About The Artist
Original: May 2008
We first found mention of Wert Harlan and His Sun Rise Rangers when Nicola and Rose Fantetti mentioned him in their "Behind the Scenes" column in National Hillbilly News in November / December 1948. A few months later, they provided more details about Wert and his band.
Wert and the Sun Rise Rangers started at radio station WHIO around 1945 or so and unlike some performer of that era, stayed with the station for a while. By 1949, they had celebrated their fourth anniversary with the station. Nicola and Rose note that the band played just about every type of venue back then, from the 'swankiest Country Club dances' to hoedowns in 'Rube Hayseed's barn'.
Around 1949, Wert's group consisted of Tommy Kerr, on guitar and vocals; Jimmie Moore on bass; Don WOoley, first violinist; Bob Bean, second violinist; and on accordion, April Jay. April was also known as a "gal Friday" for WHIO back then.
Wert came into the world in Tompkinsville, Kentucky back in 1916. He was sixteen years old when he took to learning how to play the guitar. That led to him joining Cody Fox and His Yellow Jackets on radio station WPAD in Paducah, Kentucky.
Wert first introduced himself to the listening audience at WHIO back in 1938. But he did roam around a bit before seemingly settling down at the station in the mid 1940s.
It seems the country music artists of that era would often stop by to visit the various journalists when passing through a town nearby to a personal appearance or on the way home. Nicola and Rose Fantetti wrote of one such visit by Wert and his group as they stopped for a visit on the way home to Carrollton, Kentucky. It gave them an opportunity to mention the other Sun Rise Rangers.
First mentioned was Tommy Kerr, born in 1914 in Campbellsville, Kentucky. Tommy first entertained radio audiences over WHAS in Louisville, Kentucky. He worked with Uncle Henry's Mountaineers for a time. He later relocated to radio station WLAP in Lexington, Kentucky to work with a group called The Kentucky Ridgerunners. While there, he earned the title of Champion Yodeler of Kentucky. Eventually, he moved to WING in Dayton, Ohio for about two years. That led to his joining Wert Harlan's Sun Rise Rangers over WHIO. Nicola and Rose mentioned Tommy could play just about any stringed instrument and did well on the ballad numbers.
The fiddler of the group at one time was Bob Bean, born in Eaton, Ohio in 1917. He also did some vocal harmony work when needed.
Wert's group had another fiddle player back then, Don Wooley, born in Dayton in 1918. His favorite tune was Orange Blossom Special, but Wert said he really did best on Up Jumped the Devil. He also served Uncle Sam for four years as a radio-man on a Navy bomber.
Jimmy Moore was the newest member of the group, a native of Bond, Kentucky, born 1915. He was the bass fiddle player and also served his country in the military service for four years.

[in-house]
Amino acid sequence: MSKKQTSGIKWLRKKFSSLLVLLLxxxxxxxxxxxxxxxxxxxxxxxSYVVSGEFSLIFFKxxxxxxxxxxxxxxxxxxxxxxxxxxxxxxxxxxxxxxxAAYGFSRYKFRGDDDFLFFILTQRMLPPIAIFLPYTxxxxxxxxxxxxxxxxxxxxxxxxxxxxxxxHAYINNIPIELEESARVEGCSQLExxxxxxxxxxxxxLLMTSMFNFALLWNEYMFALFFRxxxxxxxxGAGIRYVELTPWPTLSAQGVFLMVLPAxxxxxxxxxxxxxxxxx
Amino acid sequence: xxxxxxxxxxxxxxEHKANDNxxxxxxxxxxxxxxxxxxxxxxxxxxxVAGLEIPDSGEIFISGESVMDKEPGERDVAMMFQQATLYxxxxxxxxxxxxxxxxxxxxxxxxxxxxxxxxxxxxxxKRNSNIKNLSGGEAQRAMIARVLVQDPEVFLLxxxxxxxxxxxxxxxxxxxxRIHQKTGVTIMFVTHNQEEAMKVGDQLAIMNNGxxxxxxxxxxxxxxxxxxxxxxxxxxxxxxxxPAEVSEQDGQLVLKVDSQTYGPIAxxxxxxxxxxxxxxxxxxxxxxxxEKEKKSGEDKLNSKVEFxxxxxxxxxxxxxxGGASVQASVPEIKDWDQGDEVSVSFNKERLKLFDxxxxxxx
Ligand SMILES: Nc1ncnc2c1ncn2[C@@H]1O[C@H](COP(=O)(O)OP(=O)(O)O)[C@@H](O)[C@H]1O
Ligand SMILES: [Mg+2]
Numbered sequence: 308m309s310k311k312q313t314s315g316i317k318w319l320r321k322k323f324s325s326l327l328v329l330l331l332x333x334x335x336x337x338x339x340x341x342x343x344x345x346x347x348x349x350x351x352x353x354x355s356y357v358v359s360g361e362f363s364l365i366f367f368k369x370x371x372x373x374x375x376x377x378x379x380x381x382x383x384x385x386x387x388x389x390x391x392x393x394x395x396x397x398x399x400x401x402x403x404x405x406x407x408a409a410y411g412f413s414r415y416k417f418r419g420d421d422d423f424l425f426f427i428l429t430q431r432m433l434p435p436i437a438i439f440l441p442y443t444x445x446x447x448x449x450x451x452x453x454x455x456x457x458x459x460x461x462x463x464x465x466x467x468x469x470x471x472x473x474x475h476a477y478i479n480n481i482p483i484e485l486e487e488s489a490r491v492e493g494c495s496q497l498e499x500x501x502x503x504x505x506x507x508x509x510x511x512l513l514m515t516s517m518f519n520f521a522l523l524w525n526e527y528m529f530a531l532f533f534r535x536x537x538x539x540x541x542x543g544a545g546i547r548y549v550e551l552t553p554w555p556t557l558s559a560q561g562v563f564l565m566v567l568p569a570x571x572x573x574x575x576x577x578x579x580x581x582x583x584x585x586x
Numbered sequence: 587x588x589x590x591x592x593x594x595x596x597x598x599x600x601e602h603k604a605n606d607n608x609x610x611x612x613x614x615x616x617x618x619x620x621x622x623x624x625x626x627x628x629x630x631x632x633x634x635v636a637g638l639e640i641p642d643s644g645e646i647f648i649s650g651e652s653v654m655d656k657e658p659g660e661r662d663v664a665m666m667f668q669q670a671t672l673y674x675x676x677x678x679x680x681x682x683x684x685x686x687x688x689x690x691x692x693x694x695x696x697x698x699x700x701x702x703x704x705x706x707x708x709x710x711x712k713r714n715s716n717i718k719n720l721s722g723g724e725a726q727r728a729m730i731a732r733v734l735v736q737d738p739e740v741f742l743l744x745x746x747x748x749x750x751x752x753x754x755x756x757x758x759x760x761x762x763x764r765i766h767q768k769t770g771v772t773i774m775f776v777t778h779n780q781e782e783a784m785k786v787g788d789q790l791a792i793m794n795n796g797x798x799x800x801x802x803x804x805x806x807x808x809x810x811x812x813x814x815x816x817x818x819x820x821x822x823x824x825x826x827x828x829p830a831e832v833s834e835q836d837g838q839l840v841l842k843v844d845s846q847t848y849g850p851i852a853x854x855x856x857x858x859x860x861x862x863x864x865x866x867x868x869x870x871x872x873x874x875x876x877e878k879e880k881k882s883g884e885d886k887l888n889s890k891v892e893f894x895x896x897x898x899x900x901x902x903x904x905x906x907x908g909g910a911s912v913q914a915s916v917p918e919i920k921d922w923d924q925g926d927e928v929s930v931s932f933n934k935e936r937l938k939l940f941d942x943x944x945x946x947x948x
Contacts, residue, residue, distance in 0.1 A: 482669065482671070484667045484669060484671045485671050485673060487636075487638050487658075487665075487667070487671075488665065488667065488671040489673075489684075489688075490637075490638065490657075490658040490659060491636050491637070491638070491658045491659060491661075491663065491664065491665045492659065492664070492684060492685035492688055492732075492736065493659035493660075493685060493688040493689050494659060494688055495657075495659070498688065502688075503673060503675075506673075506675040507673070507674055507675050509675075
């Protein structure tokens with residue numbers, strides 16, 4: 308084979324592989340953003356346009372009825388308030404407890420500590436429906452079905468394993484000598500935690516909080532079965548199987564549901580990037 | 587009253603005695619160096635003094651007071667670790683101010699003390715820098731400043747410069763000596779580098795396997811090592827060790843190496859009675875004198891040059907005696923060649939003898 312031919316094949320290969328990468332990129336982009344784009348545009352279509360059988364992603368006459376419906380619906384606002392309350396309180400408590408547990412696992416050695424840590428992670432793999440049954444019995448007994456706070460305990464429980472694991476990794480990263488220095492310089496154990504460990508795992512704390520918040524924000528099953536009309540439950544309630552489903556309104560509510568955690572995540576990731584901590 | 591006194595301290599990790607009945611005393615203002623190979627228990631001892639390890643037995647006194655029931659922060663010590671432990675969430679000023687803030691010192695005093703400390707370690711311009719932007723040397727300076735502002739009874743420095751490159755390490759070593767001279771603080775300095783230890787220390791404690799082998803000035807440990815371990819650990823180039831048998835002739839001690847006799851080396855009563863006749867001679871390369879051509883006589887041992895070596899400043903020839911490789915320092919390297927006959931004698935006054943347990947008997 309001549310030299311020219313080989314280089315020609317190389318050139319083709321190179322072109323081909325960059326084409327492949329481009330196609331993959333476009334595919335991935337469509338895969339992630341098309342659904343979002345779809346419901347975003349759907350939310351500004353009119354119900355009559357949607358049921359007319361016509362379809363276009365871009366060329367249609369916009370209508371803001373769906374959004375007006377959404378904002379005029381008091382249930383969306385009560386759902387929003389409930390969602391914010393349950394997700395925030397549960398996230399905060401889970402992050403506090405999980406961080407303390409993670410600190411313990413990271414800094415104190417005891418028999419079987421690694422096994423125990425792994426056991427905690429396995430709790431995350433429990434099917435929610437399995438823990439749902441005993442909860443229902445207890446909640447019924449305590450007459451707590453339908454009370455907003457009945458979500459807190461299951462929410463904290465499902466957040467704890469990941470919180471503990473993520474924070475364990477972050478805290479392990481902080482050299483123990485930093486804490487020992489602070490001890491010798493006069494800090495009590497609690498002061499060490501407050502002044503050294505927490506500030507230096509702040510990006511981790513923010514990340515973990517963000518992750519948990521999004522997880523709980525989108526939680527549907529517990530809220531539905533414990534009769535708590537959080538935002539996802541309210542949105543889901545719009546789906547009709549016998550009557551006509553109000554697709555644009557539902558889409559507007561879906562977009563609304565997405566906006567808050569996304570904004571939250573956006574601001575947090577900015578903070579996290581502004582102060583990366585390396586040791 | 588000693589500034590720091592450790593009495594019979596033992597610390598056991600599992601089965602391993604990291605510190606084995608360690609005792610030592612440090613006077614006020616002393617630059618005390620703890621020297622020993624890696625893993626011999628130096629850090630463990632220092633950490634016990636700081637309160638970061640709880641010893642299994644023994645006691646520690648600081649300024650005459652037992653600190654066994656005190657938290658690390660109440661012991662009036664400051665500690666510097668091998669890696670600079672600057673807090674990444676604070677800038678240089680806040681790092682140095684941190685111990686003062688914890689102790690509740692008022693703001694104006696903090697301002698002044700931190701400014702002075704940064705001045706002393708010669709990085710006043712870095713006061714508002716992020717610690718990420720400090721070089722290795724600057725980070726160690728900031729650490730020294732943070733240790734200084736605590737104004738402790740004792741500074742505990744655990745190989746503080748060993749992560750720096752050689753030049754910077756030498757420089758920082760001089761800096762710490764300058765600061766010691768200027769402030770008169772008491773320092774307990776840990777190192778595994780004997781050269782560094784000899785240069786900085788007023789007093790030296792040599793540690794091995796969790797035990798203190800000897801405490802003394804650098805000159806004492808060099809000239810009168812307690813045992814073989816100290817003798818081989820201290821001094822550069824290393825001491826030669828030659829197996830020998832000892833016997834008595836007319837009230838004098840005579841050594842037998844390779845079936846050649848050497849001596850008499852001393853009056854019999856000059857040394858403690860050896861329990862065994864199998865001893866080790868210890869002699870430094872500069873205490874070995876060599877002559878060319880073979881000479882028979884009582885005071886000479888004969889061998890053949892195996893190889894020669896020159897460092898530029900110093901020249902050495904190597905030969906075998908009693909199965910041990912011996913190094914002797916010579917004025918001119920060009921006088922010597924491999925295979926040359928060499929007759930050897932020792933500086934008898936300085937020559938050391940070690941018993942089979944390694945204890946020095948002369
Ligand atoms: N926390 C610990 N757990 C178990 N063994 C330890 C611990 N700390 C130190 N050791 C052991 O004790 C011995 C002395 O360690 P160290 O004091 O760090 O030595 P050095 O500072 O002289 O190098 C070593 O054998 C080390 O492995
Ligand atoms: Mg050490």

The last member of the group back then was a female singer by the name of April Jay. She was born in Dayton in 1922. Before she began her professional singing career, she worked for several years as music librarian at radio station WHIO. She did quite well for herself at the station, for she earned a promotion and transfer to WHIO-TV where she became the music director.
In that era, Wert Harlan and the Sun Rise Rangers were on the air Mondays through Saturdays at 5:30am and again at 6:15am.
During those nomadic times, he made appearances on such stations as WSM in Nashville, Tennessee and WLBJ in Bowling Green, Kentucky.
His daughter Janie writes that for many years, he was part owner of the Stardust Dance Hall in the Dayton area. She fondly recalls spending many nights at the Stardust while she was growing up. She notes that the band played what they termed '50/50' - that is, half of the tunes were country music, the other half were square dance tunes. In her memories, the square dancing was unlike anything she had ever seen then or since. She thinks the caller, Johnny Guthlin, who was a World War II veteran, a flying ace, was quite extraordinary.
Janie notes that her father remained acquaintances and friends with many of the headliners of that era - such names as Ferlin Husky, Ray Price, Eddy Arnold and so many more. Hoagie Carmichael was a good family friend as was the famed pop singer of the day, Rosemary Clooney and the entire Clooney family.
He stayed at radio station WHUB in Cooksville, Tennessee for nearly a year. He had a show called "Memory Time".
Wert's son, Ken, tells us that the theme song for the group was "She's the Sunshine of Moonshine Valley". The band would do the popular songs of the day in their personal appearances or radio shows, including such tunes as "Candy Kisses", "Signed, Sealed and Delivered", "Too-La-Loo-A-Roo-La", "Tumbling Tumbleweeds" and "Cool Water".
On WHIO-FM, Wert Harlan and his Sun Rise Rangers were on Mondays through Thursdays at 5:15am and 6:15am as well as 6:45pm. On Saturday nights at 7:00pm, Wert and Tommy Kerr could be heard doing solos and duets as part of the "Out Doors with Karl Keller" show. It should be noted that Karl Keller was the Montgomery County Game Protector at that time.
Wert continued to entertain the audiences in the Miami Valley of Ohio until he retired on New Years Eve in 1970.
Carrying on in the "family tradition", Wert's grandaughter Kim Daniels is carrying on the tradition of her grandfather's legacy in radio through her show on KVMR-FM in Nevada City, California, playing folk, country and old time gospel tunes Sunday mornings on the Rise and Shine show.
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